Sunday, March 30, 2014
Monday, March 24, 2014
Wednesday, March 19, 2014
The Clean Air was designed by the congress in 1970 for protecting public health, and welfare of the public. The act had two major revisions in 1977 and 1990. The revisions were due to initiatives to target newly discovered pollution. The Clean Air Act requires EPA to establish national regional air quality standards for certain common and widespread pollutants. These common air pollutants are called “criteria pollutants” found all over the United States. These criteria pollutants are: particulate pollution, ground-level ozone, carbon monoxide, sulfur dioxide, nitrogen oxides, and lead.
States are responsible for developing enforceable plans that meet and maintain air quality that meet national standards. EPA assist state efforts by providing technical assistance and issuing national emission standards for new sources. issuing national emission standards for new sources. If a state fails to provide an adequate plan, EPA must then issue a federal implementation plan for the state. A State plans for non-attainment areas generally are due within 3 years after designations for a new or revised air quality standard is issued. These plans must provide for attainment of the standard air quality within 5 years of designation, or up to 10 years if EPA determines additional time is needed due to the area’s severity of pollution and availability of controls.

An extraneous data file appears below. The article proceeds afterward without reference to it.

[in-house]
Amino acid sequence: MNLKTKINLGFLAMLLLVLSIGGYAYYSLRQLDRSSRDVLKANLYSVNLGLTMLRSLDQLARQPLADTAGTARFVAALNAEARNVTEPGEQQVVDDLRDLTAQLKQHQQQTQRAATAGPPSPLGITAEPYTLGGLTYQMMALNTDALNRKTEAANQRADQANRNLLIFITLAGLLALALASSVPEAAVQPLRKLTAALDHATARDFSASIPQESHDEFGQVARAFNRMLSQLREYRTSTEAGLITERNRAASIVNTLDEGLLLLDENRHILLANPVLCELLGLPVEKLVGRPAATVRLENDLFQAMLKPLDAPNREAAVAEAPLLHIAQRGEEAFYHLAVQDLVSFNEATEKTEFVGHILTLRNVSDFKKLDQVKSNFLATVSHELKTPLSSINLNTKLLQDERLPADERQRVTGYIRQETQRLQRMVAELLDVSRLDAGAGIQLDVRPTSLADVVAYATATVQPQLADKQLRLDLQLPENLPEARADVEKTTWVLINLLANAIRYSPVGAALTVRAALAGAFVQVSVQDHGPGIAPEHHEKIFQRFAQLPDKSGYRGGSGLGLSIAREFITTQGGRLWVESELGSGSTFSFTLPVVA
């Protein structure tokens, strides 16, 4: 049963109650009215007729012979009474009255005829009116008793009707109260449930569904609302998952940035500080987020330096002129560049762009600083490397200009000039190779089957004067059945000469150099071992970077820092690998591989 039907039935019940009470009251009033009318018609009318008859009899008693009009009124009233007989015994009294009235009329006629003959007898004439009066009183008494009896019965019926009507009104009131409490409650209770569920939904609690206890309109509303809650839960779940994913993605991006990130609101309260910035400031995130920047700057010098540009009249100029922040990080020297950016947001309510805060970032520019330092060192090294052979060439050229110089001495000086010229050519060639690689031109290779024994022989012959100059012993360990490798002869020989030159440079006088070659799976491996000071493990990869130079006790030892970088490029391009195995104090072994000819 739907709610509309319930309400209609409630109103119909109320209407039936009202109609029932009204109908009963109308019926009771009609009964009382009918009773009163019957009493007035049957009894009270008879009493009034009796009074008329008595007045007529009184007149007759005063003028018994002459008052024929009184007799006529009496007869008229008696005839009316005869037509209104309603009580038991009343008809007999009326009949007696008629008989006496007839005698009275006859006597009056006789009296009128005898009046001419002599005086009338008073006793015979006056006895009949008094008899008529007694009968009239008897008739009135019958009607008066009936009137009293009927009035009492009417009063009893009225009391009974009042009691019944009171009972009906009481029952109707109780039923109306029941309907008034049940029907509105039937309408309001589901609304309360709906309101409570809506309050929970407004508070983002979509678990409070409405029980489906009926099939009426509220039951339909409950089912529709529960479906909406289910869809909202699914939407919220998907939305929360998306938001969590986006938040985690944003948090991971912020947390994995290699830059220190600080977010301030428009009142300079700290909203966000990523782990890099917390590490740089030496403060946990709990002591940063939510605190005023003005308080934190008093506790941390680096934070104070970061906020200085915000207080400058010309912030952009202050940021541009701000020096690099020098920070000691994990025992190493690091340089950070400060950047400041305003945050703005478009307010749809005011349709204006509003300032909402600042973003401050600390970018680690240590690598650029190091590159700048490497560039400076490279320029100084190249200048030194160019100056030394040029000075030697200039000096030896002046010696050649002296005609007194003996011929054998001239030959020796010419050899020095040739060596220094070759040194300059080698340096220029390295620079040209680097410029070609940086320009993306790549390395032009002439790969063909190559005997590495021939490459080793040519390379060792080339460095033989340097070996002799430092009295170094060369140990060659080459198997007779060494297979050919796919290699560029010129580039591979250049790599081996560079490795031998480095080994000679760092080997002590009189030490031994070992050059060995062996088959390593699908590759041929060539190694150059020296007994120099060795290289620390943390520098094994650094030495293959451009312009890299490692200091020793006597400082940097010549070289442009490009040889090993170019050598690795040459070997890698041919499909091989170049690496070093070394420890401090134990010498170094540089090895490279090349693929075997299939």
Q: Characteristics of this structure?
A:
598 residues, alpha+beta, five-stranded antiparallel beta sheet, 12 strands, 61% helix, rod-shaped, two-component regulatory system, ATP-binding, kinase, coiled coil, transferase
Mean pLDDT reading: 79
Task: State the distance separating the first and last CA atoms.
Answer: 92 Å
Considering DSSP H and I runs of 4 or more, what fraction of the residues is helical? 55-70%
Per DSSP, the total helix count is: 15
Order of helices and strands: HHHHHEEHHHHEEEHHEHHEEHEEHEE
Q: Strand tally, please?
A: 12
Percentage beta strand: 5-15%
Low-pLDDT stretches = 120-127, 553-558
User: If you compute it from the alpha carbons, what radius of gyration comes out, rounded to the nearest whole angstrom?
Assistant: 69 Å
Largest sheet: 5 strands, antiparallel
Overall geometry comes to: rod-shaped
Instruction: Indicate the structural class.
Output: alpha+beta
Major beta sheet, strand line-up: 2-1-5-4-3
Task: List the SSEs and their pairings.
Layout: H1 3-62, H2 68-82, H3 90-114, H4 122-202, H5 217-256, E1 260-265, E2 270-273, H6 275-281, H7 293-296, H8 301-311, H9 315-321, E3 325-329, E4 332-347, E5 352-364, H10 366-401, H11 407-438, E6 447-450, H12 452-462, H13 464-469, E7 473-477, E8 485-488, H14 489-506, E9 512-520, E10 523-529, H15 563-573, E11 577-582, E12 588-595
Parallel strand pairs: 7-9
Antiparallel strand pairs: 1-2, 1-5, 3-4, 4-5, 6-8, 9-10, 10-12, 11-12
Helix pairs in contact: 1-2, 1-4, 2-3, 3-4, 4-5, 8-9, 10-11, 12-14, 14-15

Monday, March 17, 2014
Monday, March 10, 2014
The Mobro 4000 garbage barge was essential in sparking the modern recycling revolution. The Idea to move trash by barge was revolutionary but the situation was exaggerated by the media. They claimed that there was medical waste on the barge. That caused the barge to go from place to place for five months. The garbage ended up being burnt in a Brooklyn incinerator. Because of the scare people started to recycle more and the amount of people recycling has steadily increased.